MARYVILLE, Tenn. — A Blount County woman is part of a lawsuit to allow transgender Tennesseans to change the sex listed on their birth certificates. If a federal judge rules in 53 year-old Jaime Combs' favor, the state will join the rest of the country in allowing sex changes on birth certificates.
"I know who I am more than a doctor did 53 years ago," Combs said. "I think it’s very important for me that my paperwork, my documentation reflect who I am."
Current state law includes a provision that bans birth certificate changes as a result of sex-change surgery, a clause Combs and the pro-LGBTQ rights organization that filed the lawsuit both claim is discriminatory.
"Allowing someone to change their birth certificate really affects no one," Combs said. "This is a private issue."
It is an issue that Tennessee stands alone on. After a federal court ruling in Ohio earlier this year, Tennessee will be the last remaining state with policies against transgender birth certificate changes.
Some states have more restrictions than others, but only Tennessee bans it outright.
"It's very personal and it's very hurtful," Combs said.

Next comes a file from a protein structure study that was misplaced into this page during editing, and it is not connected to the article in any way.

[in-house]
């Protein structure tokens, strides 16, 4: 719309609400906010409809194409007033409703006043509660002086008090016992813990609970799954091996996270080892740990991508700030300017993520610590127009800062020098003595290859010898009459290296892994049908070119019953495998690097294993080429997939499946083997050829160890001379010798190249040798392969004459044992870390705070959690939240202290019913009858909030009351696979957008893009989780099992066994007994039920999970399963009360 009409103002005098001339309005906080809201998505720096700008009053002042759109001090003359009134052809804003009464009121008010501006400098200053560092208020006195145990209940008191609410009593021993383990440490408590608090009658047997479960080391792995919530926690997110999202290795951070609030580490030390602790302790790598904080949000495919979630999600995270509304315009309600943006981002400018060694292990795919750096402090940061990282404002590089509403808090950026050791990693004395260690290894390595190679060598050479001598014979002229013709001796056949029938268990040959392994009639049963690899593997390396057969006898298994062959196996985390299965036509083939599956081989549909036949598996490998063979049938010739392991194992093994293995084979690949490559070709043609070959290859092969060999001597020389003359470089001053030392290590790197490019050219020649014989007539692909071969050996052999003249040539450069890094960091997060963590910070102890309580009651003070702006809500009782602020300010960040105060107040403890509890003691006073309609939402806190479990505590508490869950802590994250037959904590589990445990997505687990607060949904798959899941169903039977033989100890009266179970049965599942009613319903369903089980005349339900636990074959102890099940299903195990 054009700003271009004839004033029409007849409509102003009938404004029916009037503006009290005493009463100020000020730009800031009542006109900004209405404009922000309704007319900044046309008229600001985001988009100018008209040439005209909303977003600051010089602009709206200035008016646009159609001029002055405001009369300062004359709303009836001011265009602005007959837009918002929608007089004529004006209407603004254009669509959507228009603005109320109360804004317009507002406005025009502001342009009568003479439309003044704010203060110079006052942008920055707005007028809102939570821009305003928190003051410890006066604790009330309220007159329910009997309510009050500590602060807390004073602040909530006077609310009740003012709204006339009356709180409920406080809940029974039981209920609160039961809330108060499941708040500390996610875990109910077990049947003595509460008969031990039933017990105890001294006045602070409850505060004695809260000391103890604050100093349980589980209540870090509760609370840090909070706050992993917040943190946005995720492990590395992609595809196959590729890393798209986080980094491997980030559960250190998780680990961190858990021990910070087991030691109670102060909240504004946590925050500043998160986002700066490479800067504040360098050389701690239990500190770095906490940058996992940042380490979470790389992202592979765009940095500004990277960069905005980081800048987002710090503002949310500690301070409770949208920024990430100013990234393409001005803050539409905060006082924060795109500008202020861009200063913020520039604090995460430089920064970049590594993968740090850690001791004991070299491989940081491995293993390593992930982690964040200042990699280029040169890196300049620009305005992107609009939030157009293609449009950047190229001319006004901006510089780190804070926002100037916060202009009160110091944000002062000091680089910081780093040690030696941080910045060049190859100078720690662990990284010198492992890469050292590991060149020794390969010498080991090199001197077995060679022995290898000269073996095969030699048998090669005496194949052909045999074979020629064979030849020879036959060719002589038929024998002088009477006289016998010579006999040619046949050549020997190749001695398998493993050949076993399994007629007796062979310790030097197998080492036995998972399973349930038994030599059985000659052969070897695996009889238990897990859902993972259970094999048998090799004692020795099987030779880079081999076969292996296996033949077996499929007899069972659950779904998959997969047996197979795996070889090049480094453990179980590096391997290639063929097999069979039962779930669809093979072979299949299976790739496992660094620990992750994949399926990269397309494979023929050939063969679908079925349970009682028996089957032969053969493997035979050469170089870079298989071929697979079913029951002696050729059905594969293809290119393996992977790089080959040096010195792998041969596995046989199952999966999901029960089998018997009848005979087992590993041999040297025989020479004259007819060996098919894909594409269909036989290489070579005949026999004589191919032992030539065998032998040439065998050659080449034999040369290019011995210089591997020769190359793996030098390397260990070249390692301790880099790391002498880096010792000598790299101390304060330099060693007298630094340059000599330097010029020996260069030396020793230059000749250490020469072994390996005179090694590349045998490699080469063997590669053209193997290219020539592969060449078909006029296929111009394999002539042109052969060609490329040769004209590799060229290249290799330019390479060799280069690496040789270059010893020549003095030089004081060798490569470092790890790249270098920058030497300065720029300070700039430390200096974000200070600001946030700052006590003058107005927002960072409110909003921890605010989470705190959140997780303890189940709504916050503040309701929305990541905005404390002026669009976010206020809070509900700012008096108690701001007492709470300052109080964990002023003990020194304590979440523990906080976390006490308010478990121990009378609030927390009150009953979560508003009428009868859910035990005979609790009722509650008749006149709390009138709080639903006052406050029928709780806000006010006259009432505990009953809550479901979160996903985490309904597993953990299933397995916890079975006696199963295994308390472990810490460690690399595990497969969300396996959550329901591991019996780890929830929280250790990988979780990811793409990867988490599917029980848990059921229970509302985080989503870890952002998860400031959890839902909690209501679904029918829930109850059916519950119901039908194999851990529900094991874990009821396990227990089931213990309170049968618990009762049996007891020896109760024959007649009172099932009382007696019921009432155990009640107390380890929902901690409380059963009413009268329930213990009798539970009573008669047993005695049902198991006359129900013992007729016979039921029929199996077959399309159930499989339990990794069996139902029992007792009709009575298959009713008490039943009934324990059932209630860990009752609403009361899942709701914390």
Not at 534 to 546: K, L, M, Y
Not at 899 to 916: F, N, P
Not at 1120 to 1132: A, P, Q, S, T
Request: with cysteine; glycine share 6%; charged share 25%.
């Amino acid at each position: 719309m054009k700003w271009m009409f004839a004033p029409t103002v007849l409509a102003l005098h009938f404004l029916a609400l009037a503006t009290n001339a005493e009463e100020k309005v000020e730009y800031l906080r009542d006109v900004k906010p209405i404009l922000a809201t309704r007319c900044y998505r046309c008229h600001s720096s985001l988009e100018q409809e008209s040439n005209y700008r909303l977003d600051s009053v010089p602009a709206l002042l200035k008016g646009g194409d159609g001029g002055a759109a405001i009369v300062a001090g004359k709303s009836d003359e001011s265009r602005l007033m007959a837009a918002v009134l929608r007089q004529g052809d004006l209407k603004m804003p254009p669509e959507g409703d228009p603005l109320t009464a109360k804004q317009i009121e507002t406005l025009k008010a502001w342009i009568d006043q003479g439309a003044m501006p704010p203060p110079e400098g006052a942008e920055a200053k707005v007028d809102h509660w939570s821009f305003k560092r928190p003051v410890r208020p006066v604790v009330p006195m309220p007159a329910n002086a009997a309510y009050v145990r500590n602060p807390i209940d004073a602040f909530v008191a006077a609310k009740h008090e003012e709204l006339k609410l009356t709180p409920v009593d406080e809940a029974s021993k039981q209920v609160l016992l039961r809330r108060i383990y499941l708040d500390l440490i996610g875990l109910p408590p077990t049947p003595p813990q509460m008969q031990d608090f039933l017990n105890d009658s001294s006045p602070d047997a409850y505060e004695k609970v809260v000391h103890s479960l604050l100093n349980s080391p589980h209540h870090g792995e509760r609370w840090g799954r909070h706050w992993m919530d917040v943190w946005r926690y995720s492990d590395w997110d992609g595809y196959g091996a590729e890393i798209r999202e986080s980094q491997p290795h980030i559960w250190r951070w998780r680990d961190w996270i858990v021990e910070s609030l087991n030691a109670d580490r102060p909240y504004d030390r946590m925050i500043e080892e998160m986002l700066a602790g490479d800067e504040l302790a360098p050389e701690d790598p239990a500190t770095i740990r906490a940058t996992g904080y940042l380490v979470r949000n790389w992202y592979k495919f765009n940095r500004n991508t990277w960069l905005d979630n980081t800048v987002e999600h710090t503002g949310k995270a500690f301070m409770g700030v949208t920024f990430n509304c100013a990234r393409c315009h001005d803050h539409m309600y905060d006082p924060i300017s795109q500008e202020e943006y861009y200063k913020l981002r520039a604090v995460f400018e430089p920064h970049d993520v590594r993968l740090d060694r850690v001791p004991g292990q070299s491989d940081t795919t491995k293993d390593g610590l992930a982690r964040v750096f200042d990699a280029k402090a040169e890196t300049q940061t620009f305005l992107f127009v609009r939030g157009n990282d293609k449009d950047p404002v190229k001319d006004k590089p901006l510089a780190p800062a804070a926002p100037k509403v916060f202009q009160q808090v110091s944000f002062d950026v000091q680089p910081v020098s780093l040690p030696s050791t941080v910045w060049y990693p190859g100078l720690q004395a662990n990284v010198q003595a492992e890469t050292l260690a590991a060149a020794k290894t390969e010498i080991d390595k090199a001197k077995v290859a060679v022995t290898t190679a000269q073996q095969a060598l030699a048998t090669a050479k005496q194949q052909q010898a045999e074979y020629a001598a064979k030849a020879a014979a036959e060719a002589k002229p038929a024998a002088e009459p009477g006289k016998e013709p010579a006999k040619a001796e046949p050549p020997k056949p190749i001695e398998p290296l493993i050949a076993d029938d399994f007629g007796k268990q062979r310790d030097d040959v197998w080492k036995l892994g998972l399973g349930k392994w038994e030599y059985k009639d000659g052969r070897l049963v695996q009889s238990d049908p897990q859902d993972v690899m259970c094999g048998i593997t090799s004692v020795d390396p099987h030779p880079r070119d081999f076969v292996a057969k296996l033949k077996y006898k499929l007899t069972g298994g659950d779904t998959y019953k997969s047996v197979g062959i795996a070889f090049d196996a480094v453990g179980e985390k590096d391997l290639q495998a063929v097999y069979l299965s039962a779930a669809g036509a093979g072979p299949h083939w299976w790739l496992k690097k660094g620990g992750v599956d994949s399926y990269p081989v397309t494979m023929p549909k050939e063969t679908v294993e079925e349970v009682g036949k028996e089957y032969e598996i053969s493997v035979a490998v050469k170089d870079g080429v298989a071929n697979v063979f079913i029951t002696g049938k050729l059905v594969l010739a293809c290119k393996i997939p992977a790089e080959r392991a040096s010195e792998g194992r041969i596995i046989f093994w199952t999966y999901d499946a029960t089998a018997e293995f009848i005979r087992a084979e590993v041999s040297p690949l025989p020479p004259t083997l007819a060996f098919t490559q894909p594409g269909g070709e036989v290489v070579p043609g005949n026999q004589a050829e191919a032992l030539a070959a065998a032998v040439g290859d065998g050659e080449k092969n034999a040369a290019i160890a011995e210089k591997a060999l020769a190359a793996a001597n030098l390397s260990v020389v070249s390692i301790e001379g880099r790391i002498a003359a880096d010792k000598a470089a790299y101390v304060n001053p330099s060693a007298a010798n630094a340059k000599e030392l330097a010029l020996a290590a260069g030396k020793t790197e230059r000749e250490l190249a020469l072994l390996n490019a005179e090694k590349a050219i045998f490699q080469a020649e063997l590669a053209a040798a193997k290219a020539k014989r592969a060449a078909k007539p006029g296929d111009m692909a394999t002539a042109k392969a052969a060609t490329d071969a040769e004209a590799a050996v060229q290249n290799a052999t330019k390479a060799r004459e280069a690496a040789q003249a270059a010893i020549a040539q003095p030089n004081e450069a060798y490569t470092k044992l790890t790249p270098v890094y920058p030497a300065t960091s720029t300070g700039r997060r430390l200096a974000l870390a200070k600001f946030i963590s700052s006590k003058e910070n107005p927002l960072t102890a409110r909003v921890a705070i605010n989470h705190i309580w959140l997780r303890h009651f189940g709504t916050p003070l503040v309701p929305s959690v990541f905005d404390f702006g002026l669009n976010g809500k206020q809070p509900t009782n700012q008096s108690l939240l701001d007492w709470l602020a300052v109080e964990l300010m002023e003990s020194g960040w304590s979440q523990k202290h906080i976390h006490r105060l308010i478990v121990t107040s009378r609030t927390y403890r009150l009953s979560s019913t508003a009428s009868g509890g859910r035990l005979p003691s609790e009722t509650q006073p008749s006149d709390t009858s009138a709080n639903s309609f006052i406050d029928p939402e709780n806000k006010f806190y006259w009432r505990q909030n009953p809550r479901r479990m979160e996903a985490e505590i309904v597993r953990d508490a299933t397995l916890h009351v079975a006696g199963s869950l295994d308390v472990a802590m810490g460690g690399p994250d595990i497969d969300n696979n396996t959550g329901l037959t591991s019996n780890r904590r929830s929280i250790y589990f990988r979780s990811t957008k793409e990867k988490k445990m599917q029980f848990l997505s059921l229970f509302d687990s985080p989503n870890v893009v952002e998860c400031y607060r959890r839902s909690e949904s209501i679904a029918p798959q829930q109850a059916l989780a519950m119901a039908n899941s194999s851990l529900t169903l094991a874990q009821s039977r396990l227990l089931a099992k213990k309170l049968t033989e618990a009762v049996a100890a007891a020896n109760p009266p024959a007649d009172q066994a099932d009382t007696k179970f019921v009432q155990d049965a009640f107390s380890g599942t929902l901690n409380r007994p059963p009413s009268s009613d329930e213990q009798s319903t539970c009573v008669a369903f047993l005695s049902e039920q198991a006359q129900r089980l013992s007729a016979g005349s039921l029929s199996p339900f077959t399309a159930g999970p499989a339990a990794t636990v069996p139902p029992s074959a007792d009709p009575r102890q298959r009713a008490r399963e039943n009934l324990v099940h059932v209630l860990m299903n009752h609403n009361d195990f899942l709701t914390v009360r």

Her lawsuit was put on hold during the pandemic, but constitutional law experts suggest that she is expected to win it.
"I rarely make predictions about the outcome of lawsuits. They can go either way, but when it's 49 to 0 and you're number 50 — you're going to lose," said LMU professor Stewart Harris.
If his prediction comes true — and a judge rules Tennessee's ban unconstitutional — it could impact newly passed anti-transgender bills that rely on birth certificate sex to ban bathroom accessibility and sports team participation.
The American Civil Liberties Union called for Governor Bill Lee to veto two such bills on Monday.
Every state including Tennessee allows people to change the sex on their drivers license, but advocates say it requires a court order.